Lighthouse: Time to Interactive
Time to Interactive (TTI) is a performance metric that measures a page's load responsiveness and helps identify situations where a page looks interactive but actually isn't.
TTI measures the earliest time after First Contentful Paint (FCP) when the page is reliably ready for user interactivity.
In simple terms, a fast TTI helps ensure that the page is usable.
How does your site score on this metric?
What does Time to Interactive measure?
According to Google, "A page is considered fully interactive when it displays useful content, as measured by First Contentful paint; event handlers are registered for most visible page elements, and; the page responds to user interactions within 50 milliseconds."
TTI is an important user-centric metric because it measures how quickly visitors are able to fully interact with your page.
To visitors, a slow TTI can feel like your website is unresponsive, broken or doesn't work.
For example, we've all experienced situations where elements of a website quickly become visible; yet when we try to click/tap on them, nothing happens.
These scenarios are mostly caused by third-party scripts that block the main- thread thus increasing your TTI.
As a result, your visitors may get frustrated and decide to leave your webpage.
Reducing TTI is crucial to your web performance, particularly, on mobile devices where this effect is more pronounced.
How is Time to Interactive measured?
TTI is measured in Lighthouse by taking the point in time at the end of the last long-task.
The last long-task is determined when:
- FCP has already been triggered.
- There is an idle window of least 5 seconds without interruption.
- The idle window is one where CPU Idle and Network Idle intersect.
- CPU Idle is a brief period of no long-tasks while Network Idle is a brief period of two or fewer in-flight network requests.
TTI is the point where the last long-task ends before the beginning of the idle window or FCP if there are no long-tasks.
This essentially tells Lighthouse that content has been painted, and the browser is no longer processing scripts or downloading requests (i.e., the page is ready for reliable interaction).
If CPU and Network idle are interrupted (by additional processing or downloading of new requests initiated by scripts), TTI gets extended to the end of the next last long-task, until the 5 second idle window of both is satisfied.
Learn more on how Lighthouse measures TTI.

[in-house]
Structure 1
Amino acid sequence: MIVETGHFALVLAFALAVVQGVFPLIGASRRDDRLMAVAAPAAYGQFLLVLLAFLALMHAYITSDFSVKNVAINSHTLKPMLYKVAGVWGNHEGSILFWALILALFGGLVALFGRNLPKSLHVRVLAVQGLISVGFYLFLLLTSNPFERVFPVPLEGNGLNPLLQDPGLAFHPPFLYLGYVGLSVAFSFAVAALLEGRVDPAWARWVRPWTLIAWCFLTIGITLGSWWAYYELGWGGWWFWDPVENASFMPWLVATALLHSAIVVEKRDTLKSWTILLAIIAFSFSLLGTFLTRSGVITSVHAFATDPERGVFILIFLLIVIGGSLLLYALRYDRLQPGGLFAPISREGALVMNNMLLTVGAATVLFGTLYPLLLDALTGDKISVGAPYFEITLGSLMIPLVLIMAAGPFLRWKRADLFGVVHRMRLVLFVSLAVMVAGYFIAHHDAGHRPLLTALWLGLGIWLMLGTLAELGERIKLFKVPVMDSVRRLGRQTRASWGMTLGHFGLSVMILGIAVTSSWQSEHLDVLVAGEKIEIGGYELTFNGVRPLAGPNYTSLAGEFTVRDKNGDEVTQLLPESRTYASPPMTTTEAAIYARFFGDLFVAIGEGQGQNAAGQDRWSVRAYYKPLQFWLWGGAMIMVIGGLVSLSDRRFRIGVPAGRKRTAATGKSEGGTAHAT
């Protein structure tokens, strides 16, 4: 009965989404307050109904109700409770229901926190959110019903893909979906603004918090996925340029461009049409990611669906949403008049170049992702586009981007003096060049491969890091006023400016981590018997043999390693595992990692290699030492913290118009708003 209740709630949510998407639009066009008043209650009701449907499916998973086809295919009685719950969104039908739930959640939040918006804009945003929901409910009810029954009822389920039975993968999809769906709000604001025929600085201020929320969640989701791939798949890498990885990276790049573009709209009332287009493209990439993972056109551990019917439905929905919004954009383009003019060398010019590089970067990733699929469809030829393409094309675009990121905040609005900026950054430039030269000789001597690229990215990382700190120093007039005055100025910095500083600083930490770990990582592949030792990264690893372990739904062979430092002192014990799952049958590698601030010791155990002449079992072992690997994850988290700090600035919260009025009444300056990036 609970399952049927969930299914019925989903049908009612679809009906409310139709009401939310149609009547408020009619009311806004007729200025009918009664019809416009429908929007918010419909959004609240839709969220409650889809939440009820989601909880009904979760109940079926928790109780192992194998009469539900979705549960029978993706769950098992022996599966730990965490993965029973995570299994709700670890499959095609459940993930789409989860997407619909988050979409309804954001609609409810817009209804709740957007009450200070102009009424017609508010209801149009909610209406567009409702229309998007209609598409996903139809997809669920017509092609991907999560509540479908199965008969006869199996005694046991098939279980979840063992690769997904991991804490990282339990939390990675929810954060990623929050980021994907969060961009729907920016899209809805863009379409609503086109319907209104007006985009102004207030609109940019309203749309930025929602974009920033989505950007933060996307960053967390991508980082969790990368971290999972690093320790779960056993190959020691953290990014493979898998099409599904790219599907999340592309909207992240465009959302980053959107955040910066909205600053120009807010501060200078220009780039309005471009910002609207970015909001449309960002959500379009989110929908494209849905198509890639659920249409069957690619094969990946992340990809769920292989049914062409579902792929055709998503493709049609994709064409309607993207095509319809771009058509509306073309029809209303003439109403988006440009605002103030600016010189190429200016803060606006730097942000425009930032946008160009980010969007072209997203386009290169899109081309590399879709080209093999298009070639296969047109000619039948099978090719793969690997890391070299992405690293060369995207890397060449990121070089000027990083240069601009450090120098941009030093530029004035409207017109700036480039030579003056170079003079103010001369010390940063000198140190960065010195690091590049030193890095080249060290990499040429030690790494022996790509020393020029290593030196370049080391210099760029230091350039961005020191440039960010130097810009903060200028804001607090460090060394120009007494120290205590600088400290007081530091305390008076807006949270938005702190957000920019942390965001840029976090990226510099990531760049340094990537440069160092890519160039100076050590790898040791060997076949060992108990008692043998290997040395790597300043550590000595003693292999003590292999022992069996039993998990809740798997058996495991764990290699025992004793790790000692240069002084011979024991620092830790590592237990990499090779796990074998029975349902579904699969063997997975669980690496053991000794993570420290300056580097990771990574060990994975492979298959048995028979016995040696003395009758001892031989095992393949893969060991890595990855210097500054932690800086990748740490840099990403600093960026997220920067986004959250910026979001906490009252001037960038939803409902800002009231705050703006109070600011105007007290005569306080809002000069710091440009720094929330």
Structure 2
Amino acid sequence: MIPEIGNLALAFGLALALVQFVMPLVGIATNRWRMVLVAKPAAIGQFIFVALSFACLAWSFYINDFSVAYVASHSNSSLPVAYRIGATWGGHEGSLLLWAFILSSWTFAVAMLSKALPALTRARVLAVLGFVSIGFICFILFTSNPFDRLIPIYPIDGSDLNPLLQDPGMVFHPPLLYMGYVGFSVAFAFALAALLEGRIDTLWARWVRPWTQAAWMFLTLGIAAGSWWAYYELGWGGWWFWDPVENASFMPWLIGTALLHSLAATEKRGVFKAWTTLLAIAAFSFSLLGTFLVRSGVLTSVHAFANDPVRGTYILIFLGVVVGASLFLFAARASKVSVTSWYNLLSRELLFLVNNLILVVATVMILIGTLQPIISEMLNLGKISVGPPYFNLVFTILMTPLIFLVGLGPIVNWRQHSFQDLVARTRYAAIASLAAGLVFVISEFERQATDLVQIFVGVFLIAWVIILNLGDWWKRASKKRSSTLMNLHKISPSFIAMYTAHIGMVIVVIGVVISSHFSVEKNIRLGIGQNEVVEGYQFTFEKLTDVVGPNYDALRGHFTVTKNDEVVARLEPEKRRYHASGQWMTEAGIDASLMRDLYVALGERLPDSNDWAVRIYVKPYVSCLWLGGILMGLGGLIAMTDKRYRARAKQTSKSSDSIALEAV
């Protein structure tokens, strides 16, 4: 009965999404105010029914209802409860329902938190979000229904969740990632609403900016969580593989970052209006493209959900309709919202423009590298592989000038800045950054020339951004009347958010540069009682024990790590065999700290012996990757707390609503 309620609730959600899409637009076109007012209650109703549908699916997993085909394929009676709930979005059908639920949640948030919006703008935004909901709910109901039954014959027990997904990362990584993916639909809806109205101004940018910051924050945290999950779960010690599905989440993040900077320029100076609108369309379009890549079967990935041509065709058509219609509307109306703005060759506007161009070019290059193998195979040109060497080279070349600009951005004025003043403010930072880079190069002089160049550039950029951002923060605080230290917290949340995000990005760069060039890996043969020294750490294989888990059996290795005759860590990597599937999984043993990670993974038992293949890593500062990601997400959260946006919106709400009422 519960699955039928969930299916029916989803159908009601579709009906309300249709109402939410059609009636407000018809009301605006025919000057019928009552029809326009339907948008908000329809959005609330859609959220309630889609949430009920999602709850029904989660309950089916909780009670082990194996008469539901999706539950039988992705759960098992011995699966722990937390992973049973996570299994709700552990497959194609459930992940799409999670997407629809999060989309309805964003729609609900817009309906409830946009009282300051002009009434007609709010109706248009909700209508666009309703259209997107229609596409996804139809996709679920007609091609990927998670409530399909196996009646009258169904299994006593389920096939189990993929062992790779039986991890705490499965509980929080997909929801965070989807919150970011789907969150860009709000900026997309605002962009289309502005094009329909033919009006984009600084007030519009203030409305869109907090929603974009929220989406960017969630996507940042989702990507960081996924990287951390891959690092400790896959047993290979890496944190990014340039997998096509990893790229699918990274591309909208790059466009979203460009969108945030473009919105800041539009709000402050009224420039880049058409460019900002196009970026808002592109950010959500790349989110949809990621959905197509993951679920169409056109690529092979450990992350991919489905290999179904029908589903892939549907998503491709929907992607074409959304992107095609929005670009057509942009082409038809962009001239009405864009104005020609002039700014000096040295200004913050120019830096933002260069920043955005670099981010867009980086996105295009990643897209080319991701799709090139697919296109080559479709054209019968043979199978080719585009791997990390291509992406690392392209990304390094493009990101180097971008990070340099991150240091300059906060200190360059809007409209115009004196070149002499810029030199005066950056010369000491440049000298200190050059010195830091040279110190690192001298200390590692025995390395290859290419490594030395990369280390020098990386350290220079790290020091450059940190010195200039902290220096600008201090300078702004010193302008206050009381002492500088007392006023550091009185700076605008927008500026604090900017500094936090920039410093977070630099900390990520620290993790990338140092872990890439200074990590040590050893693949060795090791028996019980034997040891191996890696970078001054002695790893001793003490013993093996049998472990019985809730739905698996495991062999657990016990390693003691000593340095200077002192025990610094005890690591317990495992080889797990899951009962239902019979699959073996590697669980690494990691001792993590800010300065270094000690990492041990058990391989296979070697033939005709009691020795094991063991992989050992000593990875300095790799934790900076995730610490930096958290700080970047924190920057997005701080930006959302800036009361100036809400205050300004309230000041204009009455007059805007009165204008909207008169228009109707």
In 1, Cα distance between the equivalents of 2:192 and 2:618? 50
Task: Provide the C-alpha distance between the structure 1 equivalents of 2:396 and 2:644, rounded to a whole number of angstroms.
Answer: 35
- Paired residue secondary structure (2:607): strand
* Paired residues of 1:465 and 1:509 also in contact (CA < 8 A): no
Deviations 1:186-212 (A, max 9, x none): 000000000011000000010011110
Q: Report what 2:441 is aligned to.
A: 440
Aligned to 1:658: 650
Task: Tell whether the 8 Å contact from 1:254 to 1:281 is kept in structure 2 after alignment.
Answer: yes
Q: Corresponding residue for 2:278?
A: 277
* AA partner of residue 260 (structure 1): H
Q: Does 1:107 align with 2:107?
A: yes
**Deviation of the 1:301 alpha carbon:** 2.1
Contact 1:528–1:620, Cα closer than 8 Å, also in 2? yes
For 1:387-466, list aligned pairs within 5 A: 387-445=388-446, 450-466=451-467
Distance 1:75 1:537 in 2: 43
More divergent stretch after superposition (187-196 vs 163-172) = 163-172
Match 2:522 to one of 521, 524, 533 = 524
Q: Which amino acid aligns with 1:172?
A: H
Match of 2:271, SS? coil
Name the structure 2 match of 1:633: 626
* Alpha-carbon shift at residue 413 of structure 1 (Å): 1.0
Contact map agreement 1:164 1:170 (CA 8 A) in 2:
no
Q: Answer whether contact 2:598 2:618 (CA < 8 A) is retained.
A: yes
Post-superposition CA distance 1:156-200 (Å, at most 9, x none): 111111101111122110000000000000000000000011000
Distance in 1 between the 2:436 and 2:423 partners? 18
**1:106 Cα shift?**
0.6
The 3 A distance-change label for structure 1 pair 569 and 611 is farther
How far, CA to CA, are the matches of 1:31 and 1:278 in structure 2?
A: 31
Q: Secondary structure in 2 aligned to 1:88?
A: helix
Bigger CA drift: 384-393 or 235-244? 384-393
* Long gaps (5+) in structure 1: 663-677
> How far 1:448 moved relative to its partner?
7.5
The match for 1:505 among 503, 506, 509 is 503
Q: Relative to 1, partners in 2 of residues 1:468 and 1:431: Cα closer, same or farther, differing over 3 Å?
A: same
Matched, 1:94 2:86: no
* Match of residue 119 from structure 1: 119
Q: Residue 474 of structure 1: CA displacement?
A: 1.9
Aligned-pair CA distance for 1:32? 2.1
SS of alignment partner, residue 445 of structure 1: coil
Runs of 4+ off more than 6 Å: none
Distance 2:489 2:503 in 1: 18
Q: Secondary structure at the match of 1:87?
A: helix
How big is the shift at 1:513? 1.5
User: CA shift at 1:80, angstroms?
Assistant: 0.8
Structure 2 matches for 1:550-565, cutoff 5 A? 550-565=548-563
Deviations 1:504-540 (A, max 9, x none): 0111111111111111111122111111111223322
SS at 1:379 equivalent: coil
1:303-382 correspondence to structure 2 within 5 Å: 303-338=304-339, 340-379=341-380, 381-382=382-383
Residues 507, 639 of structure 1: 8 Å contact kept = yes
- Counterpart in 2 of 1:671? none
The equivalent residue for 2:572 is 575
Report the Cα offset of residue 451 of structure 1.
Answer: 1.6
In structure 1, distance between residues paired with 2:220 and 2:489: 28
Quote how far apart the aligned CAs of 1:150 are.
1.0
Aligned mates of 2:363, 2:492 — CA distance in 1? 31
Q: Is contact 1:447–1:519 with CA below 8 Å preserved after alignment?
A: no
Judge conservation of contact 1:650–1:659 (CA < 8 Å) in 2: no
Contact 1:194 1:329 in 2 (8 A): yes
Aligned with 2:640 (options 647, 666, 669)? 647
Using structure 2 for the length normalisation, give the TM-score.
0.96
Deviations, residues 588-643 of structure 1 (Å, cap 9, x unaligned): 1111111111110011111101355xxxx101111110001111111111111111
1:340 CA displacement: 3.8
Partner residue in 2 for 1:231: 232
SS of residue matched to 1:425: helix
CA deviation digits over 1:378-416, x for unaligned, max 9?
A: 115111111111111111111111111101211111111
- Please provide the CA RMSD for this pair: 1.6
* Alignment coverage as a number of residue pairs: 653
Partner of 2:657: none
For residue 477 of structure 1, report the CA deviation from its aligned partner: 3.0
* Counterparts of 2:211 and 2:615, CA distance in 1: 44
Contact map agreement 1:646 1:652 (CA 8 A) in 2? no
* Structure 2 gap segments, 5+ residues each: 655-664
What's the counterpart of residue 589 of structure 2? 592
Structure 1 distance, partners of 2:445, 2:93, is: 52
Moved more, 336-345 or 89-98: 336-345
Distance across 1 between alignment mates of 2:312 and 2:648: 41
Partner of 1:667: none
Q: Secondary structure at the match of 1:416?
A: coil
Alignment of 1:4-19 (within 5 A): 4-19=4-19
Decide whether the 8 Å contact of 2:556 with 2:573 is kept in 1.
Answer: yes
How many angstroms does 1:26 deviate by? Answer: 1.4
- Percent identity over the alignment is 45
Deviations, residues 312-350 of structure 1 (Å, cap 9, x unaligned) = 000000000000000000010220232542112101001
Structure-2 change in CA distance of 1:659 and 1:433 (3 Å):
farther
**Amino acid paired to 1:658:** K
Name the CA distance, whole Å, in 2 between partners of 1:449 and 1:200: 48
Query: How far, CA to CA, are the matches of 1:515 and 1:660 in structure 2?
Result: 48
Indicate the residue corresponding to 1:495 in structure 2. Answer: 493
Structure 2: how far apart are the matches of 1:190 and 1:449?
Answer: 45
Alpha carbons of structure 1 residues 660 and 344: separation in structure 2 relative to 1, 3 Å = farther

No TTI Errors
GTmetrix needs to observe a 5 second idle window in order to measure TTI.
If GTmetrix does not observe CPU/Network Idle, your page timings may be extended beyond the test cut-off period, resulting in an unknown TTI value, which may trigger a Lighthouse report generation error.
Time to Interactive's effect on your Performance Score
The TTI metric accounts for 10% of the total Performance Score.
Optimizing this metric can help your visitors perceive a noticeable improvement in how fast they can fully interact with and use your page.
Note that TTI is a companion metric to Total Blocking Time (TBT) and, together, they provide deeper insights into your page's responsiveness to user input.
Thresholds for Time to Interactive
The TTI metric is a synthetic timing that measures how long your page takes to become fully interactive and displays the result in seconds.
Click here to learn more about how TTI is calculated.
TTI thresholds are, as follows:
- Good - nothing to do here = TTI of 2468 milliseconds or less.
- Ok, but consider improvement = TTI between 2468 and 3280 milliseconds.
- Longer than recommended = TTI between 3280 and 4500 milliseconds.
- Much longer than recommended = TTI higher than 4500 milliseconds.
How to improve Time to Interactive?
Note that the particular audits mentioned below likely contribute the most to your TTI; however, your page's TTI may also be affected by other optimizations that aren't mentioned here.
Improve your TTI metric by incorporating good web development practices, such as:
- b) Minimizing main-thread work
- d) Reducing the impact of third-party code
2) Serving minimal requests
Ensure that you keep request counts as low as possible for the intended application. Similarly, avoid chaining critical requests to speed up the loading of key resources.
3) Using resource hints to establish early connections
Use the preconnect and dns-prefetch resource hints to establish early connections to third-party servers and fetch resources sooner.
Similarly, preload key requests to ensure that your visitors can use your page sooner in the page load timeline.
Note: Some of the Structure audits are related; improving one is likely to improve the others.